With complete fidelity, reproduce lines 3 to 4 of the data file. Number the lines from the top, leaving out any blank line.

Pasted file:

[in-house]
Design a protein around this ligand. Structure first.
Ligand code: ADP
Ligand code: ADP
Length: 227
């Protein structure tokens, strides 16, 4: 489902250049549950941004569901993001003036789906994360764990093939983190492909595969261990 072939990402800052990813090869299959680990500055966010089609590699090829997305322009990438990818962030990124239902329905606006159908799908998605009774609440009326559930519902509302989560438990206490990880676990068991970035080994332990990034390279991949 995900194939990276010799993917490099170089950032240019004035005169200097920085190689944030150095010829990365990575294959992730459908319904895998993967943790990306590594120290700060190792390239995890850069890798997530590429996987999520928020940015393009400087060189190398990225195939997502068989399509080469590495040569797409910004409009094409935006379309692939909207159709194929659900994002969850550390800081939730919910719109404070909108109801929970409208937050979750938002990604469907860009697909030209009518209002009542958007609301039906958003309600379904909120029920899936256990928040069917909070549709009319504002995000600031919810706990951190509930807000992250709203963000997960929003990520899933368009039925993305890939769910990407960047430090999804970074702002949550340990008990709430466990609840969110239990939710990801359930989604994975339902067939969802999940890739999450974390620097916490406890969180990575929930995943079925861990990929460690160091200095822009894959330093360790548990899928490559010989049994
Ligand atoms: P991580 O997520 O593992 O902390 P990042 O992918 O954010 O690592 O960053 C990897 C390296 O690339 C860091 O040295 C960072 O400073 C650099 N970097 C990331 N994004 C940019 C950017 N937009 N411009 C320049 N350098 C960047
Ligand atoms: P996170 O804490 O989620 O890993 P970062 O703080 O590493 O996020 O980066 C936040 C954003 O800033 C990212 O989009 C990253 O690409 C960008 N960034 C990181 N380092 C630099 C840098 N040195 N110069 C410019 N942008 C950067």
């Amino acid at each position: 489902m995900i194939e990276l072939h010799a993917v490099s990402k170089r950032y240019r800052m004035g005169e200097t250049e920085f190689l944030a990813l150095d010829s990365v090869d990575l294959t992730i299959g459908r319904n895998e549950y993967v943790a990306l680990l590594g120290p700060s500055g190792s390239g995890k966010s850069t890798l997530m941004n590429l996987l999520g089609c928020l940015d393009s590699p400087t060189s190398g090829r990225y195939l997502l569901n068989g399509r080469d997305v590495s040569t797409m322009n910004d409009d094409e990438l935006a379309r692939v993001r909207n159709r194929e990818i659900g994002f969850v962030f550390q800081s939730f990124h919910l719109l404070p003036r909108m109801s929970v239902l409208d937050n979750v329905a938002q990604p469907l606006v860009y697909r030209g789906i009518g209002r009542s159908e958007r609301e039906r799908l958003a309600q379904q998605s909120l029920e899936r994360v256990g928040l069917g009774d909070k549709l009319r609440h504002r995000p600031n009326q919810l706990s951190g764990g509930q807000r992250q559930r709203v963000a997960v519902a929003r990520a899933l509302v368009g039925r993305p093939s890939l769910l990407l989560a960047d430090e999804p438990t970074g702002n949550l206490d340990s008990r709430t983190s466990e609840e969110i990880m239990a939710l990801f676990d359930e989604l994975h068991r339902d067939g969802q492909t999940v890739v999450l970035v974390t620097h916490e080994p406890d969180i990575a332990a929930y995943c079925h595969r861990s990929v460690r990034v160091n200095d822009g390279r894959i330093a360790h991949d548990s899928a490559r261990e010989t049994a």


Ligand code: ADP
Ligand code: ADP